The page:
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Been an avid sailor much of my life. Sail isn’t that green. Benefits include no artificial noise or vibration. Have sat with owners of Dashew 64s and other efficient motor boats. Annual budget by displacement is about the same I’d any blue water is involved. Costs are about the same. GRP hulls are the opposite of green as sails have been for over a century with the move away from natural fiber clothes. Worst is the current crop of laminated sails. Now a days virtually all line, blocks, clutches and other sailing paraphernalia involves synthetics and plastics. Service life of that and sails is much shorter than anything used on a motor boat except dock lines. As 1x19 SS wire is replaced by synthetics even true for standing rigging. We sailed as both of us enjoyed the game of making the boat go using just wind. Also most well designed sailboats are faster under sail than power. Still most coastal sailors don’t . Energy used to make a sailboat is greater, more plastics and synthetics that are not recyclable are made. HCs and co2 is released. Sailing is not a purely green activity. Maybe with resorcinol glued wood and natural fiber sails but not the modern cruising boat. The Dashew at least had a recyclable hull.

Read this stuff about kite assisted powerboats. Suspect they will be used once or twice then only if the engine(s) fail. Most cruising is short handed. Flying a kite requires attention. Also work to set up and more work to strike. All weather is local. A kite can drive you under before you can strike or cut free. Want one…..have a good time. Hope you don’t see a white squall. Even with no kites or other down wind sails the “Pride of Baltimore “ was driven down and sank in minutes.
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Old 07-31-2022, 10:42 AM   #172
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I am grateful their are people with the courage and the resources to step into the void and attempt things that are not "tried and true". This is where the innovation that we need will come from.

If solar cell developers wait for battery tech to improve, and the battery industry waits for the fuel cell tech to arrive, and the fuel cell folks wait for the flux capacitor....our children's quality of life will be drastically less than ours. This is is no longer a problem for our great-great grandchildren.

Some people see the doughnuts, some people only see the holes.
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Old 07-31-2022, 10:49 AM   #173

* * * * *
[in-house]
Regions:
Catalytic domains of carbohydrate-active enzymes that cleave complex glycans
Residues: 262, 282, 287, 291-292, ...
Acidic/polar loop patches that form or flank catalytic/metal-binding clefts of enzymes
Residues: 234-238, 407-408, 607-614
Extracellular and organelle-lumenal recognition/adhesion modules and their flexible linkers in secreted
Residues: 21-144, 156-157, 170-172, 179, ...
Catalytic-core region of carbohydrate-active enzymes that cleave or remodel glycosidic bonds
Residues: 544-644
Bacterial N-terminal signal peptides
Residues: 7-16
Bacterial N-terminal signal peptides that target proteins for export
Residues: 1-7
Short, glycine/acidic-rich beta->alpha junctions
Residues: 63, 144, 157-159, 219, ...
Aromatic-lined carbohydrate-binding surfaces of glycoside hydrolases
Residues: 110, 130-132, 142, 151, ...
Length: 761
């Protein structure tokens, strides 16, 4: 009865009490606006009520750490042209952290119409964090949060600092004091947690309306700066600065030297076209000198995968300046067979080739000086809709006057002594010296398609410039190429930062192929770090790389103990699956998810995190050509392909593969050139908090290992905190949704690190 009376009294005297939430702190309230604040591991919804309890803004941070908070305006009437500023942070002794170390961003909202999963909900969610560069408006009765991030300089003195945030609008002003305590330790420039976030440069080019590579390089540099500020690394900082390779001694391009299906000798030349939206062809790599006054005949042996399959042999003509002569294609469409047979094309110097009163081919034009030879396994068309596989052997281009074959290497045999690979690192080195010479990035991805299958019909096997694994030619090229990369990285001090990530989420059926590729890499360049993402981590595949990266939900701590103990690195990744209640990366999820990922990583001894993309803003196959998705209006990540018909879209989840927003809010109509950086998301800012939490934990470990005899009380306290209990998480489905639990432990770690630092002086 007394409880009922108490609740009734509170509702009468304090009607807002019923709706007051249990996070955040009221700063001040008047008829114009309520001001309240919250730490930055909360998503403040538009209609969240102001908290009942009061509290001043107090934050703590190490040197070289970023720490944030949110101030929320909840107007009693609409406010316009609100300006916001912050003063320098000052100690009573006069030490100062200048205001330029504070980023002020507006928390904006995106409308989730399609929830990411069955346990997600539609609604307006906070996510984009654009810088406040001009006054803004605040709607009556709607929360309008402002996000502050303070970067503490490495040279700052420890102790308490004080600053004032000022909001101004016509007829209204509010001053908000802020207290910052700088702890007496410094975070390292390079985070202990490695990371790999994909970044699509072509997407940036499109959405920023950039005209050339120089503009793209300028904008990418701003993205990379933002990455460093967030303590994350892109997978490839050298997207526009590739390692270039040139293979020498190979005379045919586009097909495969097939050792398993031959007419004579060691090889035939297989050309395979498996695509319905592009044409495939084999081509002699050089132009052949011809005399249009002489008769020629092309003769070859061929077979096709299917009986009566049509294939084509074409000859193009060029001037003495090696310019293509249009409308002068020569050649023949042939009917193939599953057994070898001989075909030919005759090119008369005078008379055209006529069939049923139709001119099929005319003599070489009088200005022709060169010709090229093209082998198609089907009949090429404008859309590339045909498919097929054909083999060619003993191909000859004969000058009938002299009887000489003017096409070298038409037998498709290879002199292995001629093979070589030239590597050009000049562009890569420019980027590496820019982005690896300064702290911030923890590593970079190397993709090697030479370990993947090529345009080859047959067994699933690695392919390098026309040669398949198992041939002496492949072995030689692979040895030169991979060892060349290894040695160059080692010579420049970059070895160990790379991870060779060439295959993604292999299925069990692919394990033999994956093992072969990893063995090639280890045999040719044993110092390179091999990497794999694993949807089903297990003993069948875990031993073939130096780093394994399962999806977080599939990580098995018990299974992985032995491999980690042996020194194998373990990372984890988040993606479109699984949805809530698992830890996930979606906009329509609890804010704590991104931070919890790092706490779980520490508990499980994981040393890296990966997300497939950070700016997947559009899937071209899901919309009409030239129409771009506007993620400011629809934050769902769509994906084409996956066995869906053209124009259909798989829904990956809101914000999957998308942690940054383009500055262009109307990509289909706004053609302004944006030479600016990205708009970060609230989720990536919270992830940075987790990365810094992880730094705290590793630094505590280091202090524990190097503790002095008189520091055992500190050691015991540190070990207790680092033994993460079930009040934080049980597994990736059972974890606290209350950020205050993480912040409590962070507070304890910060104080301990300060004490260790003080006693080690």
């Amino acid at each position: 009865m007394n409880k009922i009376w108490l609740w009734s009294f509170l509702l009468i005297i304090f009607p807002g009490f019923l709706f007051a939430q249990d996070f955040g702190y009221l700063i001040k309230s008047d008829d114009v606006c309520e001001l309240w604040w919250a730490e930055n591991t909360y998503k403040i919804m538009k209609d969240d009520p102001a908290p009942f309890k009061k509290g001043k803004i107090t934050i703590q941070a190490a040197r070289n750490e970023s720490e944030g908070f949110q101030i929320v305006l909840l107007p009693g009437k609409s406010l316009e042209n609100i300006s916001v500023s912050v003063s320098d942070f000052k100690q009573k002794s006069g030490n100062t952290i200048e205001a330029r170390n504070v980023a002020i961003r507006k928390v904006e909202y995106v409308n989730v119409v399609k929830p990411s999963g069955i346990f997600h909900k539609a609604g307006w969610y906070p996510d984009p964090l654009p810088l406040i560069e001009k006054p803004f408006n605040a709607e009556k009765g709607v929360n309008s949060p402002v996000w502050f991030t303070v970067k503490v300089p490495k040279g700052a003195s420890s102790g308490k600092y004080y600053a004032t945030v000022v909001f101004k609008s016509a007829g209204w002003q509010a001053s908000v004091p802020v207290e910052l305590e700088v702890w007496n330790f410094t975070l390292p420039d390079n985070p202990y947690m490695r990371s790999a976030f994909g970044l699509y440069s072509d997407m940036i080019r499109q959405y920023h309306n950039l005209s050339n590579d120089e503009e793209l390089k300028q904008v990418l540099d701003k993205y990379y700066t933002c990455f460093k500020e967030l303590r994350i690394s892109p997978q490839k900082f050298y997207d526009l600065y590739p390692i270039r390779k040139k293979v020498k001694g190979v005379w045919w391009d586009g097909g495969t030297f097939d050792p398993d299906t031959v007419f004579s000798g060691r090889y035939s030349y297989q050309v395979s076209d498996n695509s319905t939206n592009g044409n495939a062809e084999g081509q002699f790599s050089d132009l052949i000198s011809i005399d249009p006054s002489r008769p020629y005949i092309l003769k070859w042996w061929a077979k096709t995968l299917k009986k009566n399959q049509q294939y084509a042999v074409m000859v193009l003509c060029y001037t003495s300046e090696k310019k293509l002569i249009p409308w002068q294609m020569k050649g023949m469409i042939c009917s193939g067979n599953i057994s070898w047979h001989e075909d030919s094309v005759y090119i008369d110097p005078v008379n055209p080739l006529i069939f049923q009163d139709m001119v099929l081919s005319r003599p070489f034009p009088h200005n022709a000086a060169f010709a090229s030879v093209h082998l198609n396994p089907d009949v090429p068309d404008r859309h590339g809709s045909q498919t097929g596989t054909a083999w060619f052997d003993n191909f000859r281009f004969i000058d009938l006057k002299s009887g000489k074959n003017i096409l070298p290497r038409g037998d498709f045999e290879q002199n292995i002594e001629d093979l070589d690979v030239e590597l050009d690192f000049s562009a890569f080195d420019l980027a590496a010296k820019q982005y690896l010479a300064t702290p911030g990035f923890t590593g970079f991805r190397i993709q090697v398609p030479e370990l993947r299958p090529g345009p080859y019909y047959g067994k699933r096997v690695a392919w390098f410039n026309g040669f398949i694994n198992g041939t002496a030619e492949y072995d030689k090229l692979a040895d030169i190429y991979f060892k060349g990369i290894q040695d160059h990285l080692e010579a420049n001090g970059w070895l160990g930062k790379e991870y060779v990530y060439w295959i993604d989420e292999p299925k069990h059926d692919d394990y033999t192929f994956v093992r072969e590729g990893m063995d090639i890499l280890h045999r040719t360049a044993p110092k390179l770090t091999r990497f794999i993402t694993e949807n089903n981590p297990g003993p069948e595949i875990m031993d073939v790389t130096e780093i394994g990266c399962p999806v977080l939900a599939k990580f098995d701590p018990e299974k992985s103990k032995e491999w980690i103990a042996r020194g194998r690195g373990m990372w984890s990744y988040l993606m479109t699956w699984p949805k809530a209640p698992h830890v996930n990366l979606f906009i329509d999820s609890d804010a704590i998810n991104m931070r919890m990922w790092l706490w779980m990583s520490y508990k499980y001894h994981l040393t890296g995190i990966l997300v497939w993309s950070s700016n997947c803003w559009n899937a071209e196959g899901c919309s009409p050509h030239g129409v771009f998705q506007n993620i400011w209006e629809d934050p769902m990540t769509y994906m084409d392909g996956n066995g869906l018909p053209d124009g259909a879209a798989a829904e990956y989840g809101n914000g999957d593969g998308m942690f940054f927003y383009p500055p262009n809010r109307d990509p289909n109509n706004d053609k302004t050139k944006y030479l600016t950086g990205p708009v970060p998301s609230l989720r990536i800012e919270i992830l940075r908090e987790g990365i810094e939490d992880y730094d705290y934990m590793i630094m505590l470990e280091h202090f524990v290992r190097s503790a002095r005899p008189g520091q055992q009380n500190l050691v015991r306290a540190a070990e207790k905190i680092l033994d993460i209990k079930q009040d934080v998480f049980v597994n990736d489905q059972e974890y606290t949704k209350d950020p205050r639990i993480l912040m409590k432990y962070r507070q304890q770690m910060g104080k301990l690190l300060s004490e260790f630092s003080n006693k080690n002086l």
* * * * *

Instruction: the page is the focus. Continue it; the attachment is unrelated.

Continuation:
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Some people see the doughnuts, some people only see the holes.
"MMMMMMmmmmmm Dooooonuts......" Homer Simpson
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Old 08-01-2022, 02:38 PM   #174
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Been an avid sailor much of my life. Sail isn’t that green. Benefits include no artificial noise or vibration. Have sat with owners of Dashew 64s and other efficient motor boats. Annual budget by displacement is about the same I’d any blue water is involved. Costs are about the same. GRP hulls are the opposite of green as sails have been for over a century with the move away from natural fiber clothes. Worst is the current crop of laminated sails. Now a days virtually all line, blocks, clutches and other sailing paraphernalia involves synthetics and plastics. Service life of that and sails is much shorter than anything used on a motor boat except dock lines. As 1x19 SS wire is replaced by synthetics even true for standing rigging. We sailed as both of us enjoyed the game of making the boat go using just wind. Also most well designed sailboats are faster under sail than power. Still most coastal sailors don’t . Energy used to make a sailboat is greater, more plastics and synthetics that are not recyclable are made. HCs and co2 is released. Sailing is not a purely green activity. Maybe with resorcinol glued wood and natural fiber sails but not the modern cruising boat. The Dashew at least had a recyclable hull.

Read this stuff about kite assisted powerboats. Suspect they will be used once or twice then only if the engine(s) fail. Most cruising is short handed. Flying a kite requires attention. Also work to set up and more work to strike. All weather is local. A kite can drive you under before you can strike or cut free. Want one…..have a good time. Hope you don’t see a white squall. Even with no kites or other down wind sails the “Pride of Baltimore “ was driven down and sank in minutes.